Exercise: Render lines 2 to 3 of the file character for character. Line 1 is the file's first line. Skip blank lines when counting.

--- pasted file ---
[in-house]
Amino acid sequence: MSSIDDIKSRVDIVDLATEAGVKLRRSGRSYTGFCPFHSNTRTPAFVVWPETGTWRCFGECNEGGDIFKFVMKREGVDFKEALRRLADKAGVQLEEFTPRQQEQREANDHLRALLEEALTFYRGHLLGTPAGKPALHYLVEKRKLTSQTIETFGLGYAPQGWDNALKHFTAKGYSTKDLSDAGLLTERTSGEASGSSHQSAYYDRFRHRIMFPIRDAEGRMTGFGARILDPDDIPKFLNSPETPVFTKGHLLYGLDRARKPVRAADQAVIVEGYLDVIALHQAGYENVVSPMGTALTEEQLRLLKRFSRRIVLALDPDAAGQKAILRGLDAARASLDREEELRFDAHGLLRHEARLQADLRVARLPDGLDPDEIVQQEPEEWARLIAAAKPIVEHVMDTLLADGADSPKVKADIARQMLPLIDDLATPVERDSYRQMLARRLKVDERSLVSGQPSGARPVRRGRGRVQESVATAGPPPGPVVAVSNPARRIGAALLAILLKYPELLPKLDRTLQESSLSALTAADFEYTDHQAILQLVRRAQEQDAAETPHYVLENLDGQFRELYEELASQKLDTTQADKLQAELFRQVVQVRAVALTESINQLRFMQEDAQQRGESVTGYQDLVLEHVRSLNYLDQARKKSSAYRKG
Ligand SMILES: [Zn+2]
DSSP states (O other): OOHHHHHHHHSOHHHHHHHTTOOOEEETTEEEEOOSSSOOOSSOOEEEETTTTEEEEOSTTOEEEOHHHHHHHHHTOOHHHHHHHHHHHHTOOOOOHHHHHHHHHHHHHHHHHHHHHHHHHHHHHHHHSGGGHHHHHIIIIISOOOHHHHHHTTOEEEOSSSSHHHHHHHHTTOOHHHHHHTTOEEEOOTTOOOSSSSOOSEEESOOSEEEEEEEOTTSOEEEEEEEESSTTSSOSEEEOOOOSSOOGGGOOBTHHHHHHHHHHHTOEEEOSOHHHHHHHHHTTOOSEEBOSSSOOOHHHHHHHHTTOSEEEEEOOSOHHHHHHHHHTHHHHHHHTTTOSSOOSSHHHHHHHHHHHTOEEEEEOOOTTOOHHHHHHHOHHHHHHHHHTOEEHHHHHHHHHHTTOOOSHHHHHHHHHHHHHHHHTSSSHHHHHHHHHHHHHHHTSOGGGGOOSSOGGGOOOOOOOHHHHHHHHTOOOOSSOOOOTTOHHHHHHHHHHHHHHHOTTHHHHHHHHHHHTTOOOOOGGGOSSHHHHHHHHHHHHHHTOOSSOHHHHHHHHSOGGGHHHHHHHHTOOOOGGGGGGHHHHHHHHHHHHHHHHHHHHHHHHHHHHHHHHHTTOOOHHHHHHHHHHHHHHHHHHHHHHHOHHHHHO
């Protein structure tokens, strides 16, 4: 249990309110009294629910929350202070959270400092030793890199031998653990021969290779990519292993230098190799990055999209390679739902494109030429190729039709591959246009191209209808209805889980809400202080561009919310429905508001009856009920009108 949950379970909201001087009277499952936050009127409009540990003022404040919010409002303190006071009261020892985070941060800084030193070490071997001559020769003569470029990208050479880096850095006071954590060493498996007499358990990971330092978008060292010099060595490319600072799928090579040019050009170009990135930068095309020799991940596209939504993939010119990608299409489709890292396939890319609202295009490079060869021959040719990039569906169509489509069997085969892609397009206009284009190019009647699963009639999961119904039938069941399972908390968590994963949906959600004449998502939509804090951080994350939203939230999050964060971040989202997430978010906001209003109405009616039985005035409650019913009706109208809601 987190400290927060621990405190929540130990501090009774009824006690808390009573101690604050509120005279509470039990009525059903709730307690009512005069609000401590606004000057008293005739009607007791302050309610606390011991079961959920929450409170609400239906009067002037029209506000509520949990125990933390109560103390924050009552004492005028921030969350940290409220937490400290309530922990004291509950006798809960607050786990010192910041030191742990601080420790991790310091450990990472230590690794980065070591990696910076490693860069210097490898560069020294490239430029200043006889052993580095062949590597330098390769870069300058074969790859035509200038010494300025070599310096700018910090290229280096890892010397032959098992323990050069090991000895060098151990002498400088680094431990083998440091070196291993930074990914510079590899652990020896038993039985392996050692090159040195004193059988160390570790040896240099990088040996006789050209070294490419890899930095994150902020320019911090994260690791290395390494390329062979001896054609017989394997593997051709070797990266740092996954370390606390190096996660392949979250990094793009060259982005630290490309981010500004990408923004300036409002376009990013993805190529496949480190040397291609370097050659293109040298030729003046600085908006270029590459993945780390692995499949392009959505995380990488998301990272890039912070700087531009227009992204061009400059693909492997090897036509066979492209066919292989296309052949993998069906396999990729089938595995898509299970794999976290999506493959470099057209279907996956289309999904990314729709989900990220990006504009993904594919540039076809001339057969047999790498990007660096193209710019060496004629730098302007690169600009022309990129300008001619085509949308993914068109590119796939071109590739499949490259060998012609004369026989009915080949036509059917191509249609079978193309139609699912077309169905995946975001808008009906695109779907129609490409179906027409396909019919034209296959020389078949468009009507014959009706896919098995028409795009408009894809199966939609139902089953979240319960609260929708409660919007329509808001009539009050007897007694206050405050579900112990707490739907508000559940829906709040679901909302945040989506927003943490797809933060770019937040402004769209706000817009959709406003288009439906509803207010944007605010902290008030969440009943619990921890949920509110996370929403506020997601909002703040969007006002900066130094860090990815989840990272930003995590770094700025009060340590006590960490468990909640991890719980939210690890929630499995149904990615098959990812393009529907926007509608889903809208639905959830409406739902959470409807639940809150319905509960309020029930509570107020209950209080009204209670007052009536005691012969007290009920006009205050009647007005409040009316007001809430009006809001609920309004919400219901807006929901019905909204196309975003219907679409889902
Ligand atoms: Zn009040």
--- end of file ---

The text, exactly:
Amino acid sequence: MSSIDDIKSRVDIVDLATEAGVKLRRSGRSYTGFCPFHSNTRTPAFVVWPETGTWRCFGECNEGGDIFKFVMKREGVDFKEALRRLADKAGVQLEEFTPRQQEQREANDHLRALLEEALTFYRGHLLGTPAGKPALHYLVEKRKLTSQTIETFGLGYAPQGWDNALKHFTAKGYSTKDLSDAGLLTERTSGEASGSSHQSAYYDRFRHRIMFPIRDAEGRMTGFGARILDPDDIPKFLNSPETPVFTKGHLLYGLDRARKPVRAADQAVIVEGYLDVIALHQAGYENVVSPMGTALTEEQLRLLKRFSRRIVLALDPDAAGQKAILRGLDAARASLDREEELRFDAHGLLRHEARLQADLRVARLPDGLDPDEIVQQEPEEWARLIAAAKPIVEHVMDTLLADGADSPKVKADIARQMLPLIDDLATPVERDSYRQMLARRLKVDERSLVSGQPSGARPVRRGRGRVQESVATAGPPPGPVVAVSNPARRIGAALLAILLKYPELLPKLDRTLQESSLSALTAADFEYTDHQAILQLVRRAQEQDAAETPHYVLENLDGQFRELYEELASQKLDTTQADKLQAELFRQVVQVRAVALTESINQLRFMQEDAQQRGESVTGYQDLVLEHVRSLNYLDQARKKSSAYRKG
Ligand SMILES: [Zn+2]